Under Today’s CDC Order, DHS Will Stop Enforcing Title 42 on May 23, 2022
For the past 2 years, applying an obscure public health law (42 U.S.C. §§ 265 and 268), the federal government has nearly eliminated this country’s asylum system by enforcing Title 42, a policy of summarily expelling asylum-seekers under the pretext that doing so would protect the United States from the spread of COVID-19. In today’s Order, the CDC Director terminated Title 42, finding that “there is no longer a serious danger that the entry of covered noncitizens, as defined by [the Title 42 policy], into the United States will result in the introduction, transmission, and spread of COVID-19.” The CDC Director further found that “a suspension of the introduction of covered noncitizens is no longer required in the interest of public health.”
The termination, however, will not go into effect until May 23, 2022. The delayed implementation of the Termination Order is ostensibly to allow DHS to implement COVID-19 mitigation protocols, including a vaccination program for asylum-seekers, and to “prepare for full resumption of regular migration processing.” Until May 23, 2022, DHS will continue enforcing the existing Title 42 policy with the same existing humanitarian exceptions. In addition, the CDC has reserved the right to issue a new Title 42 policy in the future “[i]f, for example, there is a substantial change in the public health situation with respect to the pandemic, such as due to new and particularly concerning SARS-CoV-2 variants.”
Anticipating Future Legal Challenges to the CDC Order
As our Litigation Tracker has documented, states like Texas, Florida, and Arizona have filed multiple lawsuits attempting to block the Biden administration’s immigration policies as “arbitrary and capricious” under the Administrative Procedure Act (APA), a statute that requires federal agencies to engage in reasoned decision-making. Today’s thirty-page Order terminating Title 42 may reflect the expectation of a similar legal challenge. The Order, for example, goes to great lengths to explain the multiple factors the CDC considered when deciding to terminate Title 42, including the status of the pandemic, including receding numbers of cases; the CDC’s recent decision to shift from eliminating COVID-19 transmission to disease control and healthcare system protection; and available mitigation measures like testing, vaccines and boosters, and improved COVID-19 therapies. The Order also stresses that it is “based upon the most recent science and data available to the CDC,” and that CDC is making “continued efforts toward aligning the public health measures response to the COVID-19 pandemic with the best available science.”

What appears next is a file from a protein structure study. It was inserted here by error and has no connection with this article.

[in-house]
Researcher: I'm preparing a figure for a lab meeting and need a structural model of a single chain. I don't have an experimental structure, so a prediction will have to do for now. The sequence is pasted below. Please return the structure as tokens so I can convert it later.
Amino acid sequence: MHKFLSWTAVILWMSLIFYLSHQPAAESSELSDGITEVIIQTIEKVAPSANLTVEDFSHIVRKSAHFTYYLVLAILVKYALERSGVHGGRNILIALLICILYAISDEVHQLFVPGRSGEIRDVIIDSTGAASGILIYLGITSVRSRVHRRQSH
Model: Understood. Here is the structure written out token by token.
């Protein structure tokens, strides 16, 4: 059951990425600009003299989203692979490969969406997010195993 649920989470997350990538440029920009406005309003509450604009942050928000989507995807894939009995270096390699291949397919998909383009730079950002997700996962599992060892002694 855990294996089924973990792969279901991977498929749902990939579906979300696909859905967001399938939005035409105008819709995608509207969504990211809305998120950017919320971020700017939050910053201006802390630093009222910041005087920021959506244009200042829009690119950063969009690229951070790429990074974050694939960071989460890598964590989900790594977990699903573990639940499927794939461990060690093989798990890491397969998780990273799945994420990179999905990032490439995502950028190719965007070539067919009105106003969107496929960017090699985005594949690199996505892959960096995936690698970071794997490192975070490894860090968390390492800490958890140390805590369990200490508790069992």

In addition, the Order sets forth legal considerations that would be relevant in an APA challenge, including the purported “reliance interests” of states and local governments who might argue that they have come to depend, or rely upon, the Title 42 Policy. The CDC stressed that Title 42 has always expressly been a temporary policy. The Order further points out that states and local governments cannot have reasonably relied on the federal government to continue enforcing Title 42 as a means of controlling immigration, because the authorizing statute and the policy itself have always made clear that Title 42 is a public health measure, not a tool of immigration control.
Anticipating a possible legal challenge is not unreasonable. Because today’s Order will not be implemented until May 23, 2022, there is ample time for anti-immigrant constituencies to file a lawsuit and seek a court order that would prevent the CDC’s Order from going into effect and ending Title 42. Alternatively, a challenge could be raised through already pending litigation, such as the Texas v. Biden lawsuit in the Northern District of Texas, which challenges exceptions made to the existing Title 42 policy for unaccompanied children and families with minor children. A status report regarding next steps in that litigation is due on April 7, 2022.
Possible Expansion of Remain in Mexico and Delayed Due Process
In connection with the projected termination of Title 42 in May, DHS has already indicated that it will place people in the cruel and inhumane Remain in Mexico (RMX) program in much greater numbers. As we have documented in the Litigation Tracker, the Biden administration reinstated RMX in December under a district court order and expanded it to apply to the entire Western Hemisphere, including non-Spanish speaking Black majority countries like Haiti and Jamaica. The Biden administration is currently appealing to the Supreme Court the court order that has required the administration to reinstate RMX. Read more about the Biden v. Texas Supreme Court case that will determine the future of RMX and serious implications on executive powers here. Learn more about what's at stake in the case and ways to take action at SafeNotStranded.org.
As always, thanks for reading!
JAC Legal Director